Splicing deregulation detected and targeted in type of childhood leukemia

Pediatric acute myeloid leukemia or pAML is a childhood blood cancer, one that has proved confounding to clinicians and researchers, with a high relapse rate and relatively few identified genetic mutations (compared to the adult version) that might explain its cause.  

In a new study, published in Cell Reports Medicine, an international team led by scientists and physicians deployed an array of analytical and gene-splicing tools to parse more deeply the mysteries of mutation in pAML. 

“Compared to adult AML, pediatric AML is associated with relatively few known mutations, which likely stems from the fact that children have not yet been much exposed to environmental factors that damage DNA,” said the senior study author.

“Our hypothesis was that the drivers were not genomic alterations, but rather occurred within transcriptomic and epitranscriptomic processes.” 

The transcriptome describes all of the RNA expressed by genes in an organism, such as a person. RNA is used to convey the genetic (DNA) information needed to make proteins and perform or regulate cellular functions. Transcriptomics is used to learn how genes are turned on and off in different cells and how that may be linked to certain diseases. The epitranscriptome refers to all of the modifications to RNA that occur within a cell.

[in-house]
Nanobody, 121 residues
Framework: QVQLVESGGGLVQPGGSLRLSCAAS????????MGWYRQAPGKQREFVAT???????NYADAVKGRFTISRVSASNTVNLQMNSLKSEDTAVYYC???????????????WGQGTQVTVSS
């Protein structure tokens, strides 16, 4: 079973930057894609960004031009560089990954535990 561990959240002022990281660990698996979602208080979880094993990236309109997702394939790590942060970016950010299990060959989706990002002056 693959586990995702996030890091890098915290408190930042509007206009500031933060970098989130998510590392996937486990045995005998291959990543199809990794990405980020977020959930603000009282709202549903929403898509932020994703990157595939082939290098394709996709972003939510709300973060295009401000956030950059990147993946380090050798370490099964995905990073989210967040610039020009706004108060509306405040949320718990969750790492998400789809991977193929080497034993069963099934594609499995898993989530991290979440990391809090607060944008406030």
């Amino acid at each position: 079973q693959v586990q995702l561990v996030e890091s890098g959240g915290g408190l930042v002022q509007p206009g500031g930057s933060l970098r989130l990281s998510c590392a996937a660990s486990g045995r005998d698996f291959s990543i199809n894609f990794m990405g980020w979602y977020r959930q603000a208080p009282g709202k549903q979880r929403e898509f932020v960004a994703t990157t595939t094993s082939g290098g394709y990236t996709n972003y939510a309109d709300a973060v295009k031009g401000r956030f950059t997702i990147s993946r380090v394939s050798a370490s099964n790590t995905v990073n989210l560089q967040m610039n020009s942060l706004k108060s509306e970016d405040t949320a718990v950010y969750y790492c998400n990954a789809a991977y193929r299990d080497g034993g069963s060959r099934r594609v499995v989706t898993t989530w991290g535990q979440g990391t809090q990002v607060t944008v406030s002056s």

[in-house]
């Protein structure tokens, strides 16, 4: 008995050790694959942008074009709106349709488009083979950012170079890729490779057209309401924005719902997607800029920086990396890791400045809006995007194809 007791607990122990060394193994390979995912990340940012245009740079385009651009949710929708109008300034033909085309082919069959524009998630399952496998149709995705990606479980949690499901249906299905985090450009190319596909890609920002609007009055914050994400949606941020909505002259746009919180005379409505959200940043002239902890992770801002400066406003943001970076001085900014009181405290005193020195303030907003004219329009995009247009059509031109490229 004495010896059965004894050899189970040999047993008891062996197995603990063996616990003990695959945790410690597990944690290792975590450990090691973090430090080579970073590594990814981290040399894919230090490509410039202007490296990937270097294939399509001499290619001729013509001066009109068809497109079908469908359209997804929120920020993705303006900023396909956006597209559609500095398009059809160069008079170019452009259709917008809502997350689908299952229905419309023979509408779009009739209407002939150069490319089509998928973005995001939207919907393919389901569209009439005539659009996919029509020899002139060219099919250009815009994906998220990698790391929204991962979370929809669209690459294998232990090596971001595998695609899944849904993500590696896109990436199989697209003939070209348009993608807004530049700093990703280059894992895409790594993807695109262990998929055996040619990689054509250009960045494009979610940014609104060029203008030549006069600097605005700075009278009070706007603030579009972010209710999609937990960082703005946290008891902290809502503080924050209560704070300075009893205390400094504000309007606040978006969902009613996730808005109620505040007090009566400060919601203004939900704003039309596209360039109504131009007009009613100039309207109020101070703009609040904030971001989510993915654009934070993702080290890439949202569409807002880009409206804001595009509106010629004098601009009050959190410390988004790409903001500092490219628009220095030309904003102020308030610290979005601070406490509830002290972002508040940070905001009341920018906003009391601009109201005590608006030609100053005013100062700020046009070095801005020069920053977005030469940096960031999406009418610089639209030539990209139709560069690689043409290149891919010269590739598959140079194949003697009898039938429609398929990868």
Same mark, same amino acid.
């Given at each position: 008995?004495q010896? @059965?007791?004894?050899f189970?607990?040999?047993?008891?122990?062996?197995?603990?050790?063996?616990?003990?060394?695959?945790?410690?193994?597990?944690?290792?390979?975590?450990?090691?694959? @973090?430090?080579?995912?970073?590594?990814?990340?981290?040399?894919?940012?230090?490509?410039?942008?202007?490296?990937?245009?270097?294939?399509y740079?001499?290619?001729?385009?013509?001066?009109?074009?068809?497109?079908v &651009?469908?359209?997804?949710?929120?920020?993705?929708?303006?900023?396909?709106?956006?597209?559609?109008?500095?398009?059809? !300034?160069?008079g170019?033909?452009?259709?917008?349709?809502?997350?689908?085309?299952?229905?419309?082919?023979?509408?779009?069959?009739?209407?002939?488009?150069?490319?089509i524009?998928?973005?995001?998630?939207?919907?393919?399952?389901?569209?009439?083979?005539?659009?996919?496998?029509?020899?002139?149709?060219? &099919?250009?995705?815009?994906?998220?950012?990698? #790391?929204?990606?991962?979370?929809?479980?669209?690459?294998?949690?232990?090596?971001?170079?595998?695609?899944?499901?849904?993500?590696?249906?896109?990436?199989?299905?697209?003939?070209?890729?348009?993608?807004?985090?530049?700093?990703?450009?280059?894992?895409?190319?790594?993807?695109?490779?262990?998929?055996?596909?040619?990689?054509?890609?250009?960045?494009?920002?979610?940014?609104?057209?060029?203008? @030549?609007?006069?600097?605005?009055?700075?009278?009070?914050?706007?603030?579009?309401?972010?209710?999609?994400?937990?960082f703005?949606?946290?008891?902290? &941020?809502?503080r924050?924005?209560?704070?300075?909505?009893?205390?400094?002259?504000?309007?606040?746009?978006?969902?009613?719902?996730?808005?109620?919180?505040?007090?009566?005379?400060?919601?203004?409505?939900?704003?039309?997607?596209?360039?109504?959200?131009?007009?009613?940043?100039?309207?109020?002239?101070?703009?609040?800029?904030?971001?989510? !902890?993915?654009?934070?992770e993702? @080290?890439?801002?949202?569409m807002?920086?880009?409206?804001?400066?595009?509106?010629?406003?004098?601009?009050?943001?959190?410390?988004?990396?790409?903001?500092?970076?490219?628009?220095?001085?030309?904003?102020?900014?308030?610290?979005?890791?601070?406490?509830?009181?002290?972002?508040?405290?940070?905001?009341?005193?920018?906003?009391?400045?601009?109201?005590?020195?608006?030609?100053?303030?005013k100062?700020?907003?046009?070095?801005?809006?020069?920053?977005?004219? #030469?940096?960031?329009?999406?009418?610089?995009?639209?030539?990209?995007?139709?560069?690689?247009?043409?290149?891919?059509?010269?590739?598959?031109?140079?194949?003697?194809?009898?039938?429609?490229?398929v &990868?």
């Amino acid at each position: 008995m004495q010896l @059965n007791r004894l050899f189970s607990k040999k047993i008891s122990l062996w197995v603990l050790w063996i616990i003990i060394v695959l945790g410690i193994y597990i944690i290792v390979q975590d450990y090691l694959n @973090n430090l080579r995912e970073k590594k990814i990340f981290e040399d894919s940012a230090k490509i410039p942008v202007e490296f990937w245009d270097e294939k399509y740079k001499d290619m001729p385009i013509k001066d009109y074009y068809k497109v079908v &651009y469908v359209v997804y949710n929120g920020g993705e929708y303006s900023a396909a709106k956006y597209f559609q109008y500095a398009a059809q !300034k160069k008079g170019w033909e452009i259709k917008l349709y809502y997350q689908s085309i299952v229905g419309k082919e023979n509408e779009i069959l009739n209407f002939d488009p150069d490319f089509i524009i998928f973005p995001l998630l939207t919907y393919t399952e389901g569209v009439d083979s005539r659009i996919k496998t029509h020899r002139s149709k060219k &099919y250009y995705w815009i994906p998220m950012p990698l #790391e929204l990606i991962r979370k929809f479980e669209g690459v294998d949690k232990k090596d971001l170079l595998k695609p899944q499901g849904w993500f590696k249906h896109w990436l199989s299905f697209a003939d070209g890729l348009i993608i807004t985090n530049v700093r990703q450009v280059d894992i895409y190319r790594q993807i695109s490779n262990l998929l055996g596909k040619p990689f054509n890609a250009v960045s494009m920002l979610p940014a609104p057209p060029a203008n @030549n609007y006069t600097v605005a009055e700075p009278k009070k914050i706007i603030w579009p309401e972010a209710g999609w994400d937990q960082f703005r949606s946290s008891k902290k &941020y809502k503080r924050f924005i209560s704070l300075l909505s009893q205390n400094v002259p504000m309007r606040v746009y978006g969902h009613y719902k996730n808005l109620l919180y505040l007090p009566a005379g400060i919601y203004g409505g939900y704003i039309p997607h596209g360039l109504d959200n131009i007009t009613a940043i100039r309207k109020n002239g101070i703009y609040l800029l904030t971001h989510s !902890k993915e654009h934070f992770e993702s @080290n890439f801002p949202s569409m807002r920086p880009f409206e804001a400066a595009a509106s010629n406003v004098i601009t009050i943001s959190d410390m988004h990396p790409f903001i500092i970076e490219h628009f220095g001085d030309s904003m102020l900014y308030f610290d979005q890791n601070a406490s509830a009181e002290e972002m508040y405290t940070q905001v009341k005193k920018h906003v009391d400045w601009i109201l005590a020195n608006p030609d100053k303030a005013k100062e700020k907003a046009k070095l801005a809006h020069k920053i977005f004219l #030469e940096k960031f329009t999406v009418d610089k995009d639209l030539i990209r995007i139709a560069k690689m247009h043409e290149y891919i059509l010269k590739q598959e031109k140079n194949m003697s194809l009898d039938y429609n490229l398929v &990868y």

In their study, the researchers pinpointed a deregulation in splicing — part of the process of decoding gene instructions into proteins — that causes a therapeutic vulnerability to a small molecule splicing inhibitor called Rebecsinib. 

In a study published previously, the researchers reported that Rebecsinib, an experimental drug, reversed malignant hyper-editing by an inflammation-induced protein known as ADAR1 p150, which promotes immune silencing, metastasis and therapeutic resistance in 20 different cancer types, including leukemia.

“Our findings suggest a new approach to detecting and targeting therapy-resistant leukemia stem cells in pediatric AML and other cancer stem cells that become recalcitrant to treatment as a consequence of this splicing deregulation,” the author said.

An estimated 54,000 children and adolescents in the United States are living with or in remission from blood cancers, with leukemia the most common, accounting for more than one-quarter of cases. 

PAML is a type of leukemia in which the bone marrow makes a large number of abnormal blood cells. In healthy children, bone marrow makes blood stem cells that become different types of mature blood cells over time. Myeloid stem cells may become red blood cells that carry oxygen to tissues; granulocytes, which are white blood cells that help fight infections; or platelets that form clots to stop bleeding. Lymphoid stem cells become lymphocytes—white blood cell that are part of the immune system.

The exact cause of pAML is unknown, but children with certain genetic disorders, such as Down syndrome or Fanconi anemia, have been identified as risk factors. 

In AML, myeloid stem cells usually become a type of immature white blood cell called a myeloblast. These leukemia cells do not function as healthy white blood cells, but rather accumulate in blood and bone marrow, crowding out healthy cells and leading to infections, anemia or easy bleeding. When AML cells spread outside the blood to other tissues, including the brain, internal organs and skin, they can form solid tumors. 

Treatment of pAML has significantly advanced. In the 1980s, almost all children diagnosed with the disease died; today up to 75% survive, but success depends upon comprehensive diagnostics, intensive therapy and effective supportive care.  In places where these elements are lacking, survival rates can dip below 50%.